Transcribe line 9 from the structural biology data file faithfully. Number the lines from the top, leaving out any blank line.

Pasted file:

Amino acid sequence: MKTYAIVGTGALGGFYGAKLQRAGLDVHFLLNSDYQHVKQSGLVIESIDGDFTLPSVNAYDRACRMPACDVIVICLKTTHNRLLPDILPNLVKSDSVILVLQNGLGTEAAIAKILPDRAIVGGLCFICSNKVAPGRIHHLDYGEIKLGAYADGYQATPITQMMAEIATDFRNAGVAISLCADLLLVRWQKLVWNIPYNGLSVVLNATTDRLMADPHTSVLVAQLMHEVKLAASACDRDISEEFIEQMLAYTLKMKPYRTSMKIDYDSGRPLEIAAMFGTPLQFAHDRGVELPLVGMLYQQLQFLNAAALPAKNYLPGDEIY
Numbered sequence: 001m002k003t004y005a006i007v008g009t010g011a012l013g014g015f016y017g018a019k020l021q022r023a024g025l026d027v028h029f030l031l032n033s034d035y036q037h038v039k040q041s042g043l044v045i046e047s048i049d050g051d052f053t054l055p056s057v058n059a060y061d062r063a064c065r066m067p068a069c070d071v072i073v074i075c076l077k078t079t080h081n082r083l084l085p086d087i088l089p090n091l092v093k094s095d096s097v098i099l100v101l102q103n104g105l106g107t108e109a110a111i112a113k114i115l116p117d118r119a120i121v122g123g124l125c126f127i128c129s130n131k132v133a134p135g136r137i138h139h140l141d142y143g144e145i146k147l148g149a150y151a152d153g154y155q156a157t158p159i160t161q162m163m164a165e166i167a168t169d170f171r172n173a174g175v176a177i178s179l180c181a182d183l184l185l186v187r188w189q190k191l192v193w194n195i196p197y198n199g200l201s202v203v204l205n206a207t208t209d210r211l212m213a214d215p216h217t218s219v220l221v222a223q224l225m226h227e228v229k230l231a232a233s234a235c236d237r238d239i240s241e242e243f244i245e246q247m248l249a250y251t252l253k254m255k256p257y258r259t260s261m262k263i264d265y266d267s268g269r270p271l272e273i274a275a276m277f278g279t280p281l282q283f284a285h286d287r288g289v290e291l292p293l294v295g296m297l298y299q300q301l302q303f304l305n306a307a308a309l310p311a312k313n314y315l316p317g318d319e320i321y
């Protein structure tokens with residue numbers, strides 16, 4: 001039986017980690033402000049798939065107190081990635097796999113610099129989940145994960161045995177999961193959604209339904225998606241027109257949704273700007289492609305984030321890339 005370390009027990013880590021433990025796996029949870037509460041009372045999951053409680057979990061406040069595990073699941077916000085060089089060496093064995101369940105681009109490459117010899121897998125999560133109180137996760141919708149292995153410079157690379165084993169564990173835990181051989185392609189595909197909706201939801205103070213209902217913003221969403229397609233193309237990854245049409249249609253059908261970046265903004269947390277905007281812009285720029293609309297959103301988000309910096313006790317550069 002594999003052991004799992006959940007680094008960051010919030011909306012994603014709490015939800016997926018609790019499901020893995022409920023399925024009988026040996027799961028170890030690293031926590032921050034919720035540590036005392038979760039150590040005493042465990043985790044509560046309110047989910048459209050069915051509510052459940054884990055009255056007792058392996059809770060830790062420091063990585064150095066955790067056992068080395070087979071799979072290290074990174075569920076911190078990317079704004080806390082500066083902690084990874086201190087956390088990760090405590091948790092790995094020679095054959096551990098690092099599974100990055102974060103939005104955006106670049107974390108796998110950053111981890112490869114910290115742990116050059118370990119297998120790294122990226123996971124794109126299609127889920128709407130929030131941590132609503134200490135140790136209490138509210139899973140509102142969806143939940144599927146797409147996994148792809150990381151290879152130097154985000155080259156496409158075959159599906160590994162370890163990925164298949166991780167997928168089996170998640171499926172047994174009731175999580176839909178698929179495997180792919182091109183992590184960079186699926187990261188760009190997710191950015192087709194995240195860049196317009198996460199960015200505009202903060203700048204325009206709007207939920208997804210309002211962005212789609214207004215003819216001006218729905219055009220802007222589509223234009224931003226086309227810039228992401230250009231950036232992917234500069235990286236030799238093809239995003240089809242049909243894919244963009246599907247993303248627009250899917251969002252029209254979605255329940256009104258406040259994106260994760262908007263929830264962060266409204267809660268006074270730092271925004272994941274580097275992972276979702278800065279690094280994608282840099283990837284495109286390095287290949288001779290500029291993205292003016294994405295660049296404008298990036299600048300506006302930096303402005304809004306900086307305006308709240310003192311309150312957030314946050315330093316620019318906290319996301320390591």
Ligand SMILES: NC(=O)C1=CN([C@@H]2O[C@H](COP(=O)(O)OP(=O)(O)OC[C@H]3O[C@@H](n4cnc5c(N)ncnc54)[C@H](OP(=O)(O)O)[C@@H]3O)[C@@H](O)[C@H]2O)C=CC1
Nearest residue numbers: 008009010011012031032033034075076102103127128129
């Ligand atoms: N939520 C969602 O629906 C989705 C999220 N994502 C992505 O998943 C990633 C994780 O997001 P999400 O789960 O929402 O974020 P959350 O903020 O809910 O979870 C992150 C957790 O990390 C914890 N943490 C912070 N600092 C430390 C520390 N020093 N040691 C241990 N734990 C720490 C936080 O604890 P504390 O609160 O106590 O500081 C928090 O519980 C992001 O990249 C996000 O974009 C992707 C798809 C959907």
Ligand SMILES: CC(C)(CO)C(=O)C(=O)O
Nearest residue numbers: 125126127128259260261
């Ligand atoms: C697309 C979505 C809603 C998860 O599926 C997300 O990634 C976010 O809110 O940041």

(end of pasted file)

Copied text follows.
């Ligand atoms: C697309 C979505 C809603 C998860 O599926 C997300 O990634 C976010 O809110 O940041």